WHETHER it’s playing a vital role in stroke care, treating infectious diseases such as meningitis or managing long-term conditions like epilepsy and multiple sclerosis, the specialty of neurology is varied and challenging.
Neurologists diagnose, treat and manage disorders that affect the brain and nervous system. They also treat peripheral nerve diseases which may result in weakness or sensory impairment.
Diagnosis is commonly done by clinical assessment alone but there are a range of advanced imaging and other tests available including genetic testing.
One of the most challenging areas for hospital doctors is the treatment of patients presenting with acute neurological conditions (these include stroke, meningitis, encephalitis and Guillain-Barré syndrome). These patients are then followed up either to clarify the diagnosis or to manage longer term problems such as epilepsy, multiple sclerosis and Parkinson’s disease.
Neurological conditions account for as many as 20 per cent of acute medical admissions but the Association of British Neurologists (ABN) identified a “significant variation of provision of service across the UK”. Figures from a recent ABN survey found that a fifth of acute hospitals have access to a neurologist on three days or fewer per week. Access to diagnostic investigations was similarly inconsistent. While 89 per cent of neuroscience centres have access to 24/7 MRI, 72 per cent of district general hospitals (DGHs) do not.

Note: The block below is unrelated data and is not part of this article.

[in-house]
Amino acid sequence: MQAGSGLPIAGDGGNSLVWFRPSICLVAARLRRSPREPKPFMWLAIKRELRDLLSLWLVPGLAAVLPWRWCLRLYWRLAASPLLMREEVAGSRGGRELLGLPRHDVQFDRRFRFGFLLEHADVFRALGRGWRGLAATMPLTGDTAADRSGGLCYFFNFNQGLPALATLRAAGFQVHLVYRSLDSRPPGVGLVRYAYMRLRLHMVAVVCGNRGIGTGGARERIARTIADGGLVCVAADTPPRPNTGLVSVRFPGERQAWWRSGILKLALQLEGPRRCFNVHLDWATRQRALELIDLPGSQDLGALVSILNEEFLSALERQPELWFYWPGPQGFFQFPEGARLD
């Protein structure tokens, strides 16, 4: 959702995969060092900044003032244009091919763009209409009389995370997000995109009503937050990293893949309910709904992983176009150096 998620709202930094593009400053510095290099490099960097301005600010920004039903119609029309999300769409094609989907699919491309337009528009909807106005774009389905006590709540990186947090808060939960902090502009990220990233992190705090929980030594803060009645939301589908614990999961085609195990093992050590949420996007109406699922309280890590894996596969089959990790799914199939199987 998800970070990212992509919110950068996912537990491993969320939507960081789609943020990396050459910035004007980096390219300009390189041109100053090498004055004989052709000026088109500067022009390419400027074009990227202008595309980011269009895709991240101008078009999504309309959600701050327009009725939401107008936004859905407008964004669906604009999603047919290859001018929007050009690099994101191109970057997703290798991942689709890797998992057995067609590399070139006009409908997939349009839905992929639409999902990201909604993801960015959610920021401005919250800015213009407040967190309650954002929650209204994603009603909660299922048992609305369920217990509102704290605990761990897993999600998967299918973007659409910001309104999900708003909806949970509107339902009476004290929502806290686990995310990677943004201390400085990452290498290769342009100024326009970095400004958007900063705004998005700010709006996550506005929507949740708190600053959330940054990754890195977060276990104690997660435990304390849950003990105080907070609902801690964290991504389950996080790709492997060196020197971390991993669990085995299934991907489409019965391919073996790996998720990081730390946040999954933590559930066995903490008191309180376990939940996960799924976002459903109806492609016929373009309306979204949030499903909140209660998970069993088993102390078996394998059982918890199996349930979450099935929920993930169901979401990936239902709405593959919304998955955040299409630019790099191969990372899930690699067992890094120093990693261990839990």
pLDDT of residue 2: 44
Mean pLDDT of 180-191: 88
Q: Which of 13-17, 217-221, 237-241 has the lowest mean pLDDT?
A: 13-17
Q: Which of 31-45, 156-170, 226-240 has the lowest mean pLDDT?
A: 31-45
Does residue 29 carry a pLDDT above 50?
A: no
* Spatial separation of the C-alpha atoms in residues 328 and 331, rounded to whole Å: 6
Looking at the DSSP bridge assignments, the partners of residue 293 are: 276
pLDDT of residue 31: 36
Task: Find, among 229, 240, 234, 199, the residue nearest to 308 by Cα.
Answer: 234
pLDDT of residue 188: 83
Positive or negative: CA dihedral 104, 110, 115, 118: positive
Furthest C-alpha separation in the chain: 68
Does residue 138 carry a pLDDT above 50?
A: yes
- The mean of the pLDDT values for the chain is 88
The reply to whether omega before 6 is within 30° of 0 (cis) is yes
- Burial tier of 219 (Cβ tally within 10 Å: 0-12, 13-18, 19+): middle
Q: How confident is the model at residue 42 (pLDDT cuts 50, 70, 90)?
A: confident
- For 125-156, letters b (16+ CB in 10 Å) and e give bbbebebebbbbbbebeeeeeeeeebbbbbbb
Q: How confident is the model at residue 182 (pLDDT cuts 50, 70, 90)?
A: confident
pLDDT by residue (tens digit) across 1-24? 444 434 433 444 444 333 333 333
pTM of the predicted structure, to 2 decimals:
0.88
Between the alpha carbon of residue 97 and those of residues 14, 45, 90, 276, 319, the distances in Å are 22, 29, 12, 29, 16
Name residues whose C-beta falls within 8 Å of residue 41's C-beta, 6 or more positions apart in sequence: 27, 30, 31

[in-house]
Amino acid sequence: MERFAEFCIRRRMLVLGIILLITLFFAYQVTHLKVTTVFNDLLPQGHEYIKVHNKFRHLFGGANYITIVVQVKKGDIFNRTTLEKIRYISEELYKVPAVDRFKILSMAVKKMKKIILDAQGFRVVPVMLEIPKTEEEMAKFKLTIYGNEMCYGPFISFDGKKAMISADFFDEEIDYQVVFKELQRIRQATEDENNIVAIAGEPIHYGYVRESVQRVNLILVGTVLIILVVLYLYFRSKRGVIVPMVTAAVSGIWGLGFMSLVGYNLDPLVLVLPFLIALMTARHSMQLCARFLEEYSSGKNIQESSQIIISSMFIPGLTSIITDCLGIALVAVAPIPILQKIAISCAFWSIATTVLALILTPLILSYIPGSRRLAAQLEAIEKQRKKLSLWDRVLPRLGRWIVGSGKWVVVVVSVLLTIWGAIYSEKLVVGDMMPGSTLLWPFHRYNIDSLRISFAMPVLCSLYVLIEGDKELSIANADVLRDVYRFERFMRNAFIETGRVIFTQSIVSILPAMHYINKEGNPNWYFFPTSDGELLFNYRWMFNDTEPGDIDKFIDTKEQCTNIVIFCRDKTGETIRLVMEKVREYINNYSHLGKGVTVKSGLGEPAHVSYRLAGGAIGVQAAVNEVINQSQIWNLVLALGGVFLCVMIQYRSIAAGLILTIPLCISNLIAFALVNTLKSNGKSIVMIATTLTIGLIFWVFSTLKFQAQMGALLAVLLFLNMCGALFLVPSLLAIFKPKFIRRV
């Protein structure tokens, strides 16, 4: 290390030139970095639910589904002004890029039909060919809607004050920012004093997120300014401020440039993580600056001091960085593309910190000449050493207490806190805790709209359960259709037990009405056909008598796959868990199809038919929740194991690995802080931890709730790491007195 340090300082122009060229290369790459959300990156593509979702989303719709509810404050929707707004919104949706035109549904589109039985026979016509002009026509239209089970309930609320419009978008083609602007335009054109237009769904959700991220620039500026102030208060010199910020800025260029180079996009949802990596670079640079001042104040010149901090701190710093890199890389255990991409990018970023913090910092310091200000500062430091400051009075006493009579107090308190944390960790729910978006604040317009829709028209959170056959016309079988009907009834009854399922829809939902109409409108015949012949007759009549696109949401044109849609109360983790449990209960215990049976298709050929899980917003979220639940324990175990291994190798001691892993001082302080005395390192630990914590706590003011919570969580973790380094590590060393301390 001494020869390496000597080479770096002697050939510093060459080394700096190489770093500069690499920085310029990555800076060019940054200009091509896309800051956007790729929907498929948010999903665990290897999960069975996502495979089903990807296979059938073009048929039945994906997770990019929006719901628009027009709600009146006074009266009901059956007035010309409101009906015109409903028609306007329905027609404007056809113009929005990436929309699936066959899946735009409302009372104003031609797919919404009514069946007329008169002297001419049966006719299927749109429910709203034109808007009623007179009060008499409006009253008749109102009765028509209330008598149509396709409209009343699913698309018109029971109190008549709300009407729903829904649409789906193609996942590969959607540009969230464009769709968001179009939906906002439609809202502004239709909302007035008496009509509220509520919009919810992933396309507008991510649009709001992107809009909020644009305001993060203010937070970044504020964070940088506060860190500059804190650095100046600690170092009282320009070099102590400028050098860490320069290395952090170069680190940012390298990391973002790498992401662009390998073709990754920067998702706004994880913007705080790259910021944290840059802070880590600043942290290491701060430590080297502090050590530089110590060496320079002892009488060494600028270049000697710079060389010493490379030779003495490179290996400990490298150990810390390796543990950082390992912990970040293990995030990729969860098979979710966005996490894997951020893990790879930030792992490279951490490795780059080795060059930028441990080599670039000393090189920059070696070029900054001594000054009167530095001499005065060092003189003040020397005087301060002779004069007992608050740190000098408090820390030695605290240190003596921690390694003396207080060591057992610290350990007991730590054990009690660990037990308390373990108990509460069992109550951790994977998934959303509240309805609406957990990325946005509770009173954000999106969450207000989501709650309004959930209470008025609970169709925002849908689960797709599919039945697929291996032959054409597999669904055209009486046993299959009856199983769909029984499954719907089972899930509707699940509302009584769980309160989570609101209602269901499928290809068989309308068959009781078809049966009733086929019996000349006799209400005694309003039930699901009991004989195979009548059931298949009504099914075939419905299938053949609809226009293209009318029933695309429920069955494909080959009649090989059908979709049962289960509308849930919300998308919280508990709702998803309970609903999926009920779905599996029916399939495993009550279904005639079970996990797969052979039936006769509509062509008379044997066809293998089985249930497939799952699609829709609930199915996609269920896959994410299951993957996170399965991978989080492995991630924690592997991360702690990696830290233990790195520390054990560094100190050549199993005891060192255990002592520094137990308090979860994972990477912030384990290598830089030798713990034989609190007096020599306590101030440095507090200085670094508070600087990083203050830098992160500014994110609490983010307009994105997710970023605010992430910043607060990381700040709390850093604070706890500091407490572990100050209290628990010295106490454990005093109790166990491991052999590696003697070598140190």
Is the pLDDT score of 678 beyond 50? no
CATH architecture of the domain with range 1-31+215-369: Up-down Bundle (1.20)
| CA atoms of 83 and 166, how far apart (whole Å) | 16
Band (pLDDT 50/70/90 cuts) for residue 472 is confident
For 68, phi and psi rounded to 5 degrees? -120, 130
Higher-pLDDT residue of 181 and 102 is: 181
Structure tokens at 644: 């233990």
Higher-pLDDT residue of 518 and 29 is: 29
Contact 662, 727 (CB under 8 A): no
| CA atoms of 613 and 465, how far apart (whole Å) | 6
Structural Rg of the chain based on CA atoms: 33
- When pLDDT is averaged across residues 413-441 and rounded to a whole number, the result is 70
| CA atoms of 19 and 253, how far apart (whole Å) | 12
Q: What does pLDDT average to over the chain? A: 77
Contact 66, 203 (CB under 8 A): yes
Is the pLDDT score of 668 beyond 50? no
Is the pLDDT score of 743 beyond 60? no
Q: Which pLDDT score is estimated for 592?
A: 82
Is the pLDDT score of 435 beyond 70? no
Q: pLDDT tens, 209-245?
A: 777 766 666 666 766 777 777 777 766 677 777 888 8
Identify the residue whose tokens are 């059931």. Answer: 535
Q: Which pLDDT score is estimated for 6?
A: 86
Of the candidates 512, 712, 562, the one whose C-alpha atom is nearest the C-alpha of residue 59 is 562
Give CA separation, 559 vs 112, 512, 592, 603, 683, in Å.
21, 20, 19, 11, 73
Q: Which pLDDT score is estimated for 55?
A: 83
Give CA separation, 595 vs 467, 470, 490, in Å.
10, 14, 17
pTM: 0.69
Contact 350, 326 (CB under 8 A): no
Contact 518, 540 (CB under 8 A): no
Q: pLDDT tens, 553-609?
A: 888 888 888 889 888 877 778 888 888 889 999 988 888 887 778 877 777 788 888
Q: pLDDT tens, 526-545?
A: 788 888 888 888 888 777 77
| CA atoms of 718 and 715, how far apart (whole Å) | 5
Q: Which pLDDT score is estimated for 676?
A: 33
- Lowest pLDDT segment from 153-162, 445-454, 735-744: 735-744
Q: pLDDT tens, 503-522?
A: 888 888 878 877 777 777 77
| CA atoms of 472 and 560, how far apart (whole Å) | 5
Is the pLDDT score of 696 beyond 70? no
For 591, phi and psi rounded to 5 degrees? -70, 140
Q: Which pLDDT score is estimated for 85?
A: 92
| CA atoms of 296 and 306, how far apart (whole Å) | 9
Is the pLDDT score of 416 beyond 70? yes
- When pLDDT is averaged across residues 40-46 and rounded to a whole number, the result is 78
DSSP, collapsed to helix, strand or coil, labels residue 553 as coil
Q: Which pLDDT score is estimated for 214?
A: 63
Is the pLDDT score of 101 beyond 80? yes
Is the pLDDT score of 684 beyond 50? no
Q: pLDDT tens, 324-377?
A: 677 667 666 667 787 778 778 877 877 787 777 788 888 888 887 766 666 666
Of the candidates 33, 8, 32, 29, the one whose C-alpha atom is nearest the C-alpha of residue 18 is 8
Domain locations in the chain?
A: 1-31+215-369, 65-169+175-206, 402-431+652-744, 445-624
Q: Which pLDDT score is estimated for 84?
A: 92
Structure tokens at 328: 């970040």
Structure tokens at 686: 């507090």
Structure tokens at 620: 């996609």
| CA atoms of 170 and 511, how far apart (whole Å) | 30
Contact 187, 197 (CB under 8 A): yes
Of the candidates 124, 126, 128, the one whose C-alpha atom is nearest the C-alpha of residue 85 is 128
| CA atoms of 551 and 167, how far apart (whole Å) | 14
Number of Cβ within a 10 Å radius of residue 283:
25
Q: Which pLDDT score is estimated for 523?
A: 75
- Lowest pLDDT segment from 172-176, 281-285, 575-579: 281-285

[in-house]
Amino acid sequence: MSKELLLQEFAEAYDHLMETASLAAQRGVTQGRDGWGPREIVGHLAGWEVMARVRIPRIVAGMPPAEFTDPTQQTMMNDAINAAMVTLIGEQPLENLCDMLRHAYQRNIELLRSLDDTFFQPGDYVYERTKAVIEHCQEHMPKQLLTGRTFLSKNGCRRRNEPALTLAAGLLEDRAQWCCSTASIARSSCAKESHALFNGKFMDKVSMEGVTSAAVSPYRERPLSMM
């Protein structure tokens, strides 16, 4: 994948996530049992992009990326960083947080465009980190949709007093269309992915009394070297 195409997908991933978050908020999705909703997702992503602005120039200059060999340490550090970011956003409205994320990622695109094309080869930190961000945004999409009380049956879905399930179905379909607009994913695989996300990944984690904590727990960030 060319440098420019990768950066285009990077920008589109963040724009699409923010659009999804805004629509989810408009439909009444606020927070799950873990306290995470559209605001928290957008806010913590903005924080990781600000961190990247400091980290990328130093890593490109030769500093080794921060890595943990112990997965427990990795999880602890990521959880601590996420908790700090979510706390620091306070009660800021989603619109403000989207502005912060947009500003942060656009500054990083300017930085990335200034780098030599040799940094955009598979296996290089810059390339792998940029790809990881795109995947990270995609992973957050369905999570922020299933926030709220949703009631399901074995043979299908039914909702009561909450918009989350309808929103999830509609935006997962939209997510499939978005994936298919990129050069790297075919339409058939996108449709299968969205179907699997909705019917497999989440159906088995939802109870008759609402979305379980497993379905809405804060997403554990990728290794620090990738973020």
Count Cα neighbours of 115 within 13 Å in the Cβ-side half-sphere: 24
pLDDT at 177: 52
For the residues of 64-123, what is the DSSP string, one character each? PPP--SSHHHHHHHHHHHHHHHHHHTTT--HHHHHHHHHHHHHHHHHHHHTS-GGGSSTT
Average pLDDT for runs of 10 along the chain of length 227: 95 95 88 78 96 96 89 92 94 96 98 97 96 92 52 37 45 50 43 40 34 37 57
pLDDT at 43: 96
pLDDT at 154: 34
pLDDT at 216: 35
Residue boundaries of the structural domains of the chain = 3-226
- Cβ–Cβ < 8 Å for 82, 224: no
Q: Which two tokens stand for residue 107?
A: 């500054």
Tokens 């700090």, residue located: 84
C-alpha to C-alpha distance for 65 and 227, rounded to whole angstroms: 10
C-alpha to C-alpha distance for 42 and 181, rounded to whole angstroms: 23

The ABN is calling for national variations in care to be addressed urgently – so what better time to consider a career in this growing field? Entry and training Upon successful completion of the foundation programme, it generally takes seven to eight years of full-time training to become a neurologist. This comprises either two years core training or three years on the acute care common stem (ACCS) programme followed by five years specialty training (ST3-7). Sub-specialty training in stroke medicine adds a further 12 months.
Trainees must acquire full membership of the Royal College of Physicians UK (MRCP) before entry to ST3. During ST3-7 they must also pass the specialty certificate examination – developed by the Federation of Royal Colleges of the UK in association with the ABN – in order to achieve a certificate of completion of training (CCT).